My biggest problem with The Testimony, however, is the fact that it fizzles to nothing at the end. It’s as if Smythe pulls away from the worst-case scenario at the last minute; instead of the brilliant post-apocalyptic vision of which we get glimpses in the middle section of the novel, we find a disappointing conclusion with a tacked-on feel.

The Testimony has, at its core, a wonderful idea, but the execution leaves a lot to be desired. James Smythe’s vision of a world on the brink is all the more frightening because of its plausibility and we get all-too-brief glimpses of what he is capable of as a writer throughout, particularly in the middle section of the novel. There are too many problems, and the book never quite achieves the level it should. A disappointment, but not a complete write-off: The Testimony fails to live up to this reader’s expectations, but it has served to put a potentially wonderful writer on my radar.

SANCTUS by Simon Toyne


Simon Toyne (

HarperCollins (


Released: 14 April 2011

Welcome to Ruin in Southern Turkey. Home of the Citadel, a thousand-foot-high black mountain that houses a secretive holy order, around which the city has grown, and which is the most-visited historical site on the planet. The monks within the mountain serve a single purpose: to protect the Sacrament, the mysterious object that is the focus of faith and the foundation of the Church.

When a man dressed in the green robes of the Sancti – the highest novitiate within the order – climbs to the top of the mountain and strikes a pose mirroring Rio de Janiero’s Christ the Redeemer, before throwing himself to a messy death on the cobbled streets below, he sets in motion a chain of events that could change the face of the world. Liv Adamsen a crime journalist based in New Jersey, with the help of a local policeman, and the brains behind a worldwide charity, begins to investigate, digging into a millennia-old secret that the Citadel-dwellers would do anything to protect.

To explain the plot of this extraordinary novel in any more detail than that could well constitute spoilers. What we have here is a very original action thriller-cum-whodunnit-cum-puzzle. Toyne has put a lot of effort into the mythology that supports this story, creating a well-rounded and believable world and fully-formed interesting characters. Yes, this is a gripping, fast-paced (for the most part) page-turner in the best sense, but keeps the little grey cells engaged throughout, providing a clever mystery that will keep you wondering until the final, startling, reveal.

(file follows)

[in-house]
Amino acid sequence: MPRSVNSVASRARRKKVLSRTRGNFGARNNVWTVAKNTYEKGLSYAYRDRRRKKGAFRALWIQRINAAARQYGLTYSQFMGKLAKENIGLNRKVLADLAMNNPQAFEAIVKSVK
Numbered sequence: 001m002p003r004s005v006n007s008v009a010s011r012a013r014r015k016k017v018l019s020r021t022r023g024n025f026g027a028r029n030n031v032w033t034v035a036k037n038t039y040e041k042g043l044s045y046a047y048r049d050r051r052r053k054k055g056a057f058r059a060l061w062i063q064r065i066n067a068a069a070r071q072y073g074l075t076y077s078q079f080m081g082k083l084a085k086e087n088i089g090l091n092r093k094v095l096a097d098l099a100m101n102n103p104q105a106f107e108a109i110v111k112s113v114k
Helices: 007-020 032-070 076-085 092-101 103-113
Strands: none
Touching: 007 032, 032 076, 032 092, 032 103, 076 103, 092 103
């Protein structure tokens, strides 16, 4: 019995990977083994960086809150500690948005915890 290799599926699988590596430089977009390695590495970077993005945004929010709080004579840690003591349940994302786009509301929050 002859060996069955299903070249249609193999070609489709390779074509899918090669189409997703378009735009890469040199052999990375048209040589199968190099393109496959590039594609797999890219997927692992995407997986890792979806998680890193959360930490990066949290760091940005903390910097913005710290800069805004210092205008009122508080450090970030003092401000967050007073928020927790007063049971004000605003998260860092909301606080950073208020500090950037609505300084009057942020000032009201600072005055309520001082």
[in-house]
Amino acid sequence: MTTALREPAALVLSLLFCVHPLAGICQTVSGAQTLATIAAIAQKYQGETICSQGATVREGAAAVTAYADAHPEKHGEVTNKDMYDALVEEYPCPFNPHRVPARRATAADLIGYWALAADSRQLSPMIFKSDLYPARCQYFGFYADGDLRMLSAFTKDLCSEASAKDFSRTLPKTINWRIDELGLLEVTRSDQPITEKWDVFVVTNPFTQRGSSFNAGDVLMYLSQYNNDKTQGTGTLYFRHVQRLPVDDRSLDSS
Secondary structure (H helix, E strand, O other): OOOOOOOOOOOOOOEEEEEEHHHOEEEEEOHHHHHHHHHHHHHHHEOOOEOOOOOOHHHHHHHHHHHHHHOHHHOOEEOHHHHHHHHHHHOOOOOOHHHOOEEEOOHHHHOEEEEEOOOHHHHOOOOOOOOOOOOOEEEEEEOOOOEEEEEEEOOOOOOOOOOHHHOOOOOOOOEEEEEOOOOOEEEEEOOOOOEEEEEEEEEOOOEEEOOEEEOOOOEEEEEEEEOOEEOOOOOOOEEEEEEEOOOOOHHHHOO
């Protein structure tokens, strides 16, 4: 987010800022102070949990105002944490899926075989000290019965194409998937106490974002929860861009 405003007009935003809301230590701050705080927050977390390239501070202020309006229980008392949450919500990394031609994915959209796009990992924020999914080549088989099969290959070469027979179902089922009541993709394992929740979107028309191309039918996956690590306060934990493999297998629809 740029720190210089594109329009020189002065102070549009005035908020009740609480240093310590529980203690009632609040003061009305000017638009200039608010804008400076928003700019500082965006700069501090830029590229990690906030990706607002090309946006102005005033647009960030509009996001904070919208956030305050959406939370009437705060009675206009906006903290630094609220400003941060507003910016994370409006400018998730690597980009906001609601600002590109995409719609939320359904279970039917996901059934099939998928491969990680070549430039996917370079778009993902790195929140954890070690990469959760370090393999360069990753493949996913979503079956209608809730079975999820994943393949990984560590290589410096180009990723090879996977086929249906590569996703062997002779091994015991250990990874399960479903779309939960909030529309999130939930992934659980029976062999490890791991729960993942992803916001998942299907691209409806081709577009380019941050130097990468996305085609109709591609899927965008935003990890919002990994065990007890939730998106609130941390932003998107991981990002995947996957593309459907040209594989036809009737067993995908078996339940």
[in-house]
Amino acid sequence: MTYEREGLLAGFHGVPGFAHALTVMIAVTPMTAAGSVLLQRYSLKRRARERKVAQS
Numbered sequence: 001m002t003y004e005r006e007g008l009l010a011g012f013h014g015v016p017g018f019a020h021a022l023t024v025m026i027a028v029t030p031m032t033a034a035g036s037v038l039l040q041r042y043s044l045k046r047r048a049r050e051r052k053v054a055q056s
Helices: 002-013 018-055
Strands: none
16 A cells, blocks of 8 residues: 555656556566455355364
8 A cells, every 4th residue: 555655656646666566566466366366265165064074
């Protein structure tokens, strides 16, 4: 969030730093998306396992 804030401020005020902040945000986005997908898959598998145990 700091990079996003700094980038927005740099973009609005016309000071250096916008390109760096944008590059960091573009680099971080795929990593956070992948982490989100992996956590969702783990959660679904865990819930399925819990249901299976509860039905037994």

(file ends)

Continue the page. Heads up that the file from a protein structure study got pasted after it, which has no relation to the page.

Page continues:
And what a reveal. Sanctus is one of those books that keeps the reader thinking “I hope this is all worth it. If I get to the end and the butler did it, I won’t be happy.” You can rest assured, then, that there is no butler in evidence; the last time I came across a payoff this worthwhile, an ending this original and startling, was when I finished Stephen King’s Dark Tower series.

One of the book’s most distinctive characters is the city of Ruin itself. Toyne has put a lot of thought into the structure of the city, the various “quarters” that make up this sprawling tourist trap with the most distinctive centrepiece. Like Jack O’Connell’s Quinsigamond or China Mieville’s New Crobuzon (both of which sprang immediately to mind when I started reading the book), there’s something slightly off about the city, something dangerous and intriguing. I, for one, hope that Toyne returns here with future novels, to show us some of the other attractions the place has to offer.

It’s still too early in the year to call this one of the books of the year and have it actually mean something, but expect this one to be huge. Toyne has an obvious love for what he’s doing, and it shows through in the work, in the lovingly-detailed city and Citadel, the huge cast of characters ranging from the whitest of white-hats to the blackest of black-hats and every shade of grey in between, and the sheer energy that propels the reader through the story. Once you start, you’ll just have to keep going until you reach the end, and this book gave me more late nights than I care to remember, always with the mantra “just one more chapter” on my lips.

A stunning debut, a dark and terrifying crime/horror/dark fantasy novel that will appeal to a broad spectrum of readers, and a book that cements Simon Toyne firmly in my own personal must-read list. On April 14th, make sure you get your hands on a copy; you won’t regret it.